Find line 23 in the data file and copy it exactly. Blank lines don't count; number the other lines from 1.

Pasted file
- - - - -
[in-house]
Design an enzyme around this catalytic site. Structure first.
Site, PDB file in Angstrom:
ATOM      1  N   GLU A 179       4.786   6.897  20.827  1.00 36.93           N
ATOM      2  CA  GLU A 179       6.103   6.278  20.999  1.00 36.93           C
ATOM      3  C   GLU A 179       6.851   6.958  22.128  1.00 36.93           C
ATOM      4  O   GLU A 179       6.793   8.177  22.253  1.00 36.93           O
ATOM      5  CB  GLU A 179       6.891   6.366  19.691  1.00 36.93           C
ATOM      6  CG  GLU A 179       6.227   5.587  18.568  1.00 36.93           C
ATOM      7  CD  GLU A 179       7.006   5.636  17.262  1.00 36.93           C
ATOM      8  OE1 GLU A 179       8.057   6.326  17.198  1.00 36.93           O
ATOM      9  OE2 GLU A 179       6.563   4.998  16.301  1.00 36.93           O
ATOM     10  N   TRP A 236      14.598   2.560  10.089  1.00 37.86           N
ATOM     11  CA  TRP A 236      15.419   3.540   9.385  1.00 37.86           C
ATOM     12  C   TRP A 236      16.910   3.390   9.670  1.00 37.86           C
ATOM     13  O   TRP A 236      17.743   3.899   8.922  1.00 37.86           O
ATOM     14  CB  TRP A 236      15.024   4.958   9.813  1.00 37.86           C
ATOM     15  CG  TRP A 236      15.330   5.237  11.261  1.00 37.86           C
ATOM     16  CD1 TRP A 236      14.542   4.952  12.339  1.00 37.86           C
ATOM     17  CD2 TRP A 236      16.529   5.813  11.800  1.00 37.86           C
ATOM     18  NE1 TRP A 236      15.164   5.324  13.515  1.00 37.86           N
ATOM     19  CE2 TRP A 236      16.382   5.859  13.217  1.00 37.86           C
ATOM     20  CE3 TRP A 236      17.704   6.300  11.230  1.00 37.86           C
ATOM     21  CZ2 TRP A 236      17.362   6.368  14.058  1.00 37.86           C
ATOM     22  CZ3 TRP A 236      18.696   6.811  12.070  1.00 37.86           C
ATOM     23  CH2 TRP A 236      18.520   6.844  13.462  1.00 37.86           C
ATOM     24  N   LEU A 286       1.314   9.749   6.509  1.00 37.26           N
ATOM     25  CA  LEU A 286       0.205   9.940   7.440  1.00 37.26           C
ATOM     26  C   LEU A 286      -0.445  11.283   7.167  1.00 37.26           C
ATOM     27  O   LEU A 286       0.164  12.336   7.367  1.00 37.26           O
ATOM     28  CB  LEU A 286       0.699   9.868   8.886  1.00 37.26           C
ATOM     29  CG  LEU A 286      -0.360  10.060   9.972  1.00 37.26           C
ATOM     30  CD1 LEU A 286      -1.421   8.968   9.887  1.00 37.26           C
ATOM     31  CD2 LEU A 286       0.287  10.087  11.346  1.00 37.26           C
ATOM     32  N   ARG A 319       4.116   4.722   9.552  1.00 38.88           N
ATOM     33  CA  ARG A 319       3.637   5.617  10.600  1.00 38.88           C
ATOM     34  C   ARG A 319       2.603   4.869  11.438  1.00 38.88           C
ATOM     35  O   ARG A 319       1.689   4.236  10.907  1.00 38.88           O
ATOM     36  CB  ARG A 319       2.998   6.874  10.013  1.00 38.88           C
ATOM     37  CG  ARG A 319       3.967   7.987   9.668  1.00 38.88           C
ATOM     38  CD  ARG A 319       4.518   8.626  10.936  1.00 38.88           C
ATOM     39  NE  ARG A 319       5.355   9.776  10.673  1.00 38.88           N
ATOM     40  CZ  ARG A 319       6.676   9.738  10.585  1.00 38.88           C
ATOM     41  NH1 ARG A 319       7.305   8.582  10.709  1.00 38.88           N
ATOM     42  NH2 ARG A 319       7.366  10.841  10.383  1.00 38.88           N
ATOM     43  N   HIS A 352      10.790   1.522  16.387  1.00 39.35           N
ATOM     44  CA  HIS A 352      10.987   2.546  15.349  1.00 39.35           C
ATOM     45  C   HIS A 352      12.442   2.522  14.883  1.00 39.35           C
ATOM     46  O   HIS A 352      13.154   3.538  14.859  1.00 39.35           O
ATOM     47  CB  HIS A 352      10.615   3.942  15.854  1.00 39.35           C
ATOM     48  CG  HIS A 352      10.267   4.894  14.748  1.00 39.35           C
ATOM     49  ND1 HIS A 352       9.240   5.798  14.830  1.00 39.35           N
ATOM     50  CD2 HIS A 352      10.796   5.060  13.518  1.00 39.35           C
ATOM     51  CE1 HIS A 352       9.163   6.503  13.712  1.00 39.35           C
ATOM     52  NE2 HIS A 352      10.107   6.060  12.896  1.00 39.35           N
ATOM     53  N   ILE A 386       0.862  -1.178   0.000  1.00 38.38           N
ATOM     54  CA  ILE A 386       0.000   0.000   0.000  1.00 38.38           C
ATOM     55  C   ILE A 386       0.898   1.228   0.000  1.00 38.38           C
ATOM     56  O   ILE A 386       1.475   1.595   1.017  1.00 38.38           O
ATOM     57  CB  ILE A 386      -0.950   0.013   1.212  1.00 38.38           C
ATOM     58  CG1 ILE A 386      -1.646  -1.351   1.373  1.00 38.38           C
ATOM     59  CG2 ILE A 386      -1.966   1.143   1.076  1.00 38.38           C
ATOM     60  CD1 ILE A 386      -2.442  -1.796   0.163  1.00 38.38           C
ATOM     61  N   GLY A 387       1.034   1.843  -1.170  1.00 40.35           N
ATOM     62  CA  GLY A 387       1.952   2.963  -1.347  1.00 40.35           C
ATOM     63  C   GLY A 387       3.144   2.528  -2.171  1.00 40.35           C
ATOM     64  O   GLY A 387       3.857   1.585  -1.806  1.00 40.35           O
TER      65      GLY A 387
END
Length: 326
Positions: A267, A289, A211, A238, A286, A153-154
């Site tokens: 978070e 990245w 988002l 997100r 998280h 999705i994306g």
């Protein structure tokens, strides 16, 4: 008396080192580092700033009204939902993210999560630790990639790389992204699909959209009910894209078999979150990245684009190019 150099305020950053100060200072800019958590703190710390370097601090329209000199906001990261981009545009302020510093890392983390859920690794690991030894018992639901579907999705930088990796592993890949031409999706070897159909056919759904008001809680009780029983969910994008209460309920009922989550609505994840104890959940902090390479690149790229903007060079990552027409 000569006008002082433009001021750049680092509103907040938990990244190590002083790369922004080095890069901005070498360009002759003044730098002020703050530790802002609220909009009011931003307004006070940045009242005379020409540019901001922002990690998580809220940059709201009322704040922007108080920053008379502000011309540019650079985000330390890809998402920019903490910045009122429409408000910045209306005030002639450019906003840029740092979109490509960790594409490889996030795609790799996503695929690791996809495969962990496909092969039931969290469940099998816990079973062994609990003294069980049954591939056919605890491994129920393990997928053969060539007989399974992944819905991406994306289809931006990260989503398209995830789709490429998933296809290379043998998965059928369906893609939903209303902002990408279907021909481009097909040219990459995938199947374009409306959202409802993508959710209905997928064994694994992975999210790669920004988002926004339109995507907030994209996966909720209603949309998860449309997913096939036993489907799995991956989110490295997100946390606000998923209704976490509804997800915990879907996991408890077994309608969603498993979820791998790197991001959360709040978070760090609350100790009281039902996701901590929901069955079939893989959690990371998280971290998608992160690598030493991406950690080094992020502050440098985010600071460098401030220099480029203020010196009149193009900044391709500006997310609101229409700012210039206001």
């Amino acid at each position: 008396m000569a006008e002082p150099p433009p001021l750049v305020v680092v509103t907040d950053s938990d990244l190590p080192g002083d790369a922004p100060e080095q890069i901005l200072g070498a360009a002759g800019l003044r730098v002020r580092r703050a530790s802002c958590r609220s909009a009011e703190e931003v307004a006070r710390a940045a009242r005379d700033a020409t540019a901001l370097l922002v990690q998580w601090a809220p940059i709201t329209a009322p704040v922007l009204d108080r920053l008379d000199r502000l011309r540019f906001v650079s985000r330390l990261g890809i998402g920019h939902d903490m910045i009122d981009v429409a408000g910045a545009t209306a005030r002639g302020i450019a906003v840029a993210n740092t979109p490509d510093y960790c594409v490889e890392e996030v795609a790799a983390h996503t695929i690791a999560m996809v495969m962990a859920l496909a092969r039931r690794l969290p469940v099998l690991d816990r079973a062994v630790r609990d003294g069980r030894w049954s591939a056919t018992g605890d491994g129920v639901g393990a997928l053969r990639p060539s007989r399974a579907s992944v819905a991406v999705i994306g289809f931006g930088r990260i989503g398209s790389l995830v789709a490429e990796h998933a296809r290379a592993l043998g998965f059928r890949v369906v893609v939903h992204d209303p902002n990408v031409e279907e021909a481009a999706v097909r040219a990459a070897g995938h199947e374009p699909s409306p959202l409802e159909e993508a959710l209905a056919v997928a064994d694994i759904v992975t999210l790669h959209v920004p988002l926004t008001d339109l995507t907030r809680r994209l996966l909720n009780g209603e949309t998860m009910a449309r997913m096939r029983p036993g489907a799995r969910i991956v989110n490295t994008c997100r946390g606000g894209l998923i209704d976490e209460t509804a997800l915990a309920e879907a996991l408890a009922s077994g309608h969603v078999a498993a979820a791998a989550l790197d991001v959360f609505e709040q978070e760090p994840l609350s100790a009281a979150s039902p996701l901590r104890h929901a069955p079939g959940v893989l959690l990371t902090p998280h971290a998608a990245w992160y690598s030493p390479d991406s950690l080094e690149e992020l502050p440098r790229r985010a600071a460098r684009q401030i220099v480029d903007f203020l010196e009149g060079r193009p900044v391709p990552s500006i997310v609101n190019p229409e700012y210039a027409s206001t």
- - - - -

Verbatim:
ATOM     20  CE3 TRP A 236      17.704   6.300  11.230  1.00 37.86           C